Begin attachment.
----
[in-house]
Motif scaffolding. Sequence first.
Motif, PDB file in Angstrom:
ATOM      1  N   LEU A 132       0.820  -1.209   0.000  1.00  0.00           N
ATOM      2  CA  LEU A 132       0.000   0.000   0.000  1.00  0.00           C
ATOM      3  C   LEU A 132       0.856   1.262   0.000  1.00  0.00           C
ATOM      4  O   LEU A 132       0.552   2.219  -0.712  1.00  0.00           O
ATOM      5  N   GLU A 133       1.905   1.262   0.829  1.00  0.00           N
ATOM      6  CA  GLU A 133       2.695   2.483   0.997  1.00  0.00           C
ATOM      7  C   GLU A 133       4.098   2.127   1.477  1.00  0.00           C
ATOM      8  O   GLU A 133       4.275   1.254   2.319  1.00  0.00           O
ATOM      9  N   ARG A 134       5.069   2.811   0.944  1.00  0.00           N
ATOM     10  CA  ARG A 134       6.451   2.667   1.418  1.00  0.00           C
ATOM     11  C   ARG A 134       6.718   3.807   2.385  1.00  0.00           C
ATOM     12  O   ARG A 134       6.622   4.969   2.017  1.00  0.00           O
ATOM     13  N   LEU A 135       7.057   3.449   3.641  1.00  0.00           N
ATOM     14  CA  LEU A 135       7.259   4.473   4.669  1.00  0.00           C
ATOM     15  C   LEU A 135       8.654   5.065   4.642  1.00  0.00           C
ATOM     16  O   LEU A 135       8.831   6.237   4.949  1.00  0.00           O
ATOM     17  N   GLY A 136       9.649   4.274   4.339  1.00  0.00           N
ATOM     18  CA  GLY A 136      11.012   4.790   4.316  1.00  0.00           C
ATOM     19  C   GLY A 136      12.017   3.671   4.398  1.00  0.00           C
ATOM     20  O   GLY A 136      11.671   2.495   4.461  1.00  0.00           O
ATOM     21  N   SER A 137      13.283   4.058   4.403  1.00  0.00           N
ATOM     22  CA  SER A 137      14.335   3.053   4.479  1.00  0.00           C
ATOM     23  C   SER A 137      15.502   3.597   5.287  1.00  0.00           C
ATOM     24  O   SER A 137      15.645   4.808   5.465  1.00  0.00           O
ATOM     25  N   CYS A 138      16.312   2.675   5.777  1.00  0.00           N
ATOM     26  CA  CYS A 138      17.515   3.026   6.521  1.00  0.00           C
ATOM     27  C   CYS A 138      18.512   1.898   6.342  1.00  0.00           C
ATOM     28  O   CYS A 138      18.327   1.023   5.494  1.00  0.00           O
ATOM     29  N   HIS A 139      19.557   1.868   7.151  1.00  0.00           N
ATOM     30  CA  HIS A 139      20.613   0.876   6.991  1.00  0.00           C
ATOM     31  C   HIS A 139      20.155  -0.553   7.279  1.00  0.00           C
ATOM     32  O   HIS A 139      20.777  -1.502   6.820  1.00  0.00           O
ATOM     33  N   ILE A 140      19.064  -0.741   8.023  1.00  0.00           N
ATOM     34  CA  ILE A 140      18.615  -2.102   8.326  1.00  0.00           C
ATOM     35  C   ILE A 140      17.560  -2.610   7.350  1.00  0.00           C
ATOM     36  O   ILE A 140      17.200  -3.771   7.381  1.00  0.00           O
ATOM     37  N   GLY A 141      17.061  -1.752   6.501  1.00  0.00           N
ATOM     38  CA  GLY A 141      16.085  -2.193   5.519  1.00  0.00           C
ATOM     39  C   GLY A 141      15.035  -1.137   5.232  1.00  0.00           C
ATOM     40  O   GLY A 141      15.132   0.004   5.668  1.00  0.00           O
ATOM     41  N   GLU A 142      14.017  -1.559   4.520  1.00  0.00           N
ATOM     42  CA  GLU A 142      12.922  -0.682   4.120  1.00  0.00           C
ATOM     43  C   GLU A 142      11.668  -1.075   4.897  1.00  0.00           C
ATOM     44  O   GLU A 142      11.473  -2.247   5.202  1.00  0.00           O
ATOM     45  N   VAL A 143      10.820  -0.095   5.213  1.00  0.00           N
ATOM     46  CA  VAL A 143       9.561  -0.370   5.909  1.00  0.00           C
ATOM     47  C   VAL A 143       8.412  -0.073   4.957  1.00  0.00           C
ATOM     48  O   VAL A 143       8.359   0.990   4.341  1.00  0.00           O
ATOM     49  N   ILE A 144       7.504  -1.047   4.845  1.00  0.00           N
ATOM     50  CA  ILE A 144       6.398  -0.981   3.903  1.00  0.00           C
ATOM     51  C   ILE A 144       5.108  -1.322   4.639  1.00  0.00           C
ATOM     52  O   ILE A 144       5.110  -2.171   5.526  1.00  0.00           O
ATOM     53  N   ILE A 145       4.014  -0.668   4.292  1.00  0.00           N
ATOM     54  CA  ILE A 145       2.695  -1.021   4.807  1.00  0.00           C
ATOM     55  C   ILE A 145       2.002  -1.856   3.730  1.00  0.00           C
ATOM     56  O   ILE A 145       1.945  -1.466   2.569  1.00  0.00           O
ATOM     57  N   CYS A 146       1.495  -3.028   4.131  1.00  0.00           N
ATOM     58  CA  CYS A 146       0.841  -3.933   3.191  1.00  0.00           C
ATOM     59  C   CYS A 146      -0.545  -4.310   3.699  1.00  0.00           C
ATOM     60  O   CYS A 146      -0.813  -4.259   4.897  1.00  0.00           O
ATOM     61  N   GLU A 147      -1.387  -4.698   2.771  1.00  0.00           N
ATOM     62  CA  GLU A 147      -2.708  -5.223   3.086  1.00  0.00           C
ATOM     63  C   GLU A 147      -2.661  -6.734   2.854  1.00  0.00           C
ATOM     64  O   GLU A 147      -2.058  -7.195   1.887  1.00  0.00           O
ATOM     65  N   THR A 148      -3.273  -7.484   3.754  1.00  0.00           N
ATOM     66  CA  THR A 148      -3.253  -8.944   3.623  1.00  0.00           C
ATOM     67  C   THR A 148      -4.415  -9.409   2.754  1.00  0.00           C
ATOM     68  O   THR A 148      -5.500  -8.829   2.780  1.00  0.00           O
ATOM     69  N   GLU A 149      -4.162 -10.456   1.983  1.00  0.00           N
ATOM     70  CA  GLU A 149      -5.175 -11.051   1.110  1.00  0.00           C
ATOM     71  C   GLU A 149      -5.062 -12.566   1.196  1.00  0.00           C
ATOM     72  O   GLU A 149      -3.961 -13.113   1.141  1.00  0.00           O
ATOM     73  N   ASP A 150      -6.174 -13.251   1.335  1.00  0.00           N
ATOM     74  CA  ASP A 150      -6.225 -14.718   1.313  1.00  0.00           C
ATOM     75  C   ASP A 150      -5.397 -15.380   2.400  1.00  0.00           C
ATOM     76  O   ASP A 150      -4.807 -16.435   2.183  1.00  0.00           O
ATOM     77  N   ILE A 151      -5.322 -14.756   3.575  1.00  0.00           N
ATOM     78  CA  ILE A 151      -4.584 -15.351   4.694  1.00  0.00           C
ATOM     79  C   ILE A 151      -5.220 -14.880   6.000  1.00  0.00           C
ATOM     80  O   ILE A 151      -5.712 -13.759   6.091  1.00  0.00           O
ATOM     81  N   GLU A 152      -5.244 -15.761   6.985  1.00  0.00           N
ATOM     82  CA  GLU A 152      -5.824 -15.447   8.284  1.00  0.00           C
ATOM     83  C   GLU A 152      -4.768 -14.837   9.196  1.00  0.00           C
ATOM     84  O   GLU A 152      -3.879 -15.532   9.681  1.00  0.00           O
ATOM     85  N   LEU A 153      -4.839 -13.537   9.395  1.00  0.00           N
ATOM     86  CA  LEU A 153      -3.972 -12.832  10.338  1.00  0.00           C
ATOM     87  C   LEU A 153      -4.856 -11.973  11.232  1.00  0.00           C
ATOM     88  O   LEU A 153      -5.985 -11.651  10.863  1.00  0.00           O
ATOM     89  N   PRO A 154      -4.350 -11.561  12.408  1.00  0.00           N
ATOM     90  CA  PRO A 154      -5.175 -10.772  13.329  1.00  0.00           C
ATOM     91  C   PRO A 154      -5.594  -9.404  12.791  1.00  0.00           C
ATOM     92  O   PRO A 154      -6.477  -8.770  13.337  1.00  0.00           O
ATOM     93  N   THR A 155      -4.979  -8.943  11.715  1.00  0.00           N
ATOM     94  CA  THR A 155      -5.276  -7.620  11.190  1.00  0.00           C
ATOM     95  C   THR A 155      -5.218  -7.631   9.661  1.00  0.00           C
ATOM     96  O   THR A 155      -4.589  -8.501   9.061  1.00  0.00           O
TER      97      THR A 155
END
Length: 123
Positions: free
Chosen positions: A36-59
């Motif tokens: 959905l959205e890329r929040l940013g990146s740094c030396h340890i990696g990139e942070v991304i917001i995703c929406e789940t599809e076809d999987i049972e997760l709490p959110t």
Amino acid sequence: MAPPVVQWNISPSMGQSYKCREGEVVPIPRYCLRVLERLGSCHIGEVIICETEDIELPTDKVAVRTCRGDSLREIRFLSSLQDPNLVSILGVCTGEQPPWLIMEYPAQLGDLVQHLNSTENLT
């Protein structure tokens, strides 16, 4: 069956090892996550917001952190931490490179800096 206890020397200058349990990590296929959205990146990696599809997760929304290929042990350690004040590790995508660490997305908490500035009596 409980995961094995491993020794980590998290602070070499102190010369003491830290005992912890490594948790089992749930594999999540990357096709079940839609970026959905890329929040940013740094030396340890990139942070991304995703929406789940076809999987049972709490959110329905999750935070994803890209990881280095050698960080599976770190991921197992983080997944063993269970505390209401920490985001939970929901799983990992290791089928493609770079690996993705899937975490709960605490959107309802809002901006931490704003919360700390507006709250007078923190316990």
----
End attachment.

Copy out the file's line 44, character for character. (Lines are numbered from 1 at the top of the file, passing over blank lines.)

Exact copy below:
ATOM     41  N   GLU A 142      14.017  -1.559   4.520  1.00  0.00           N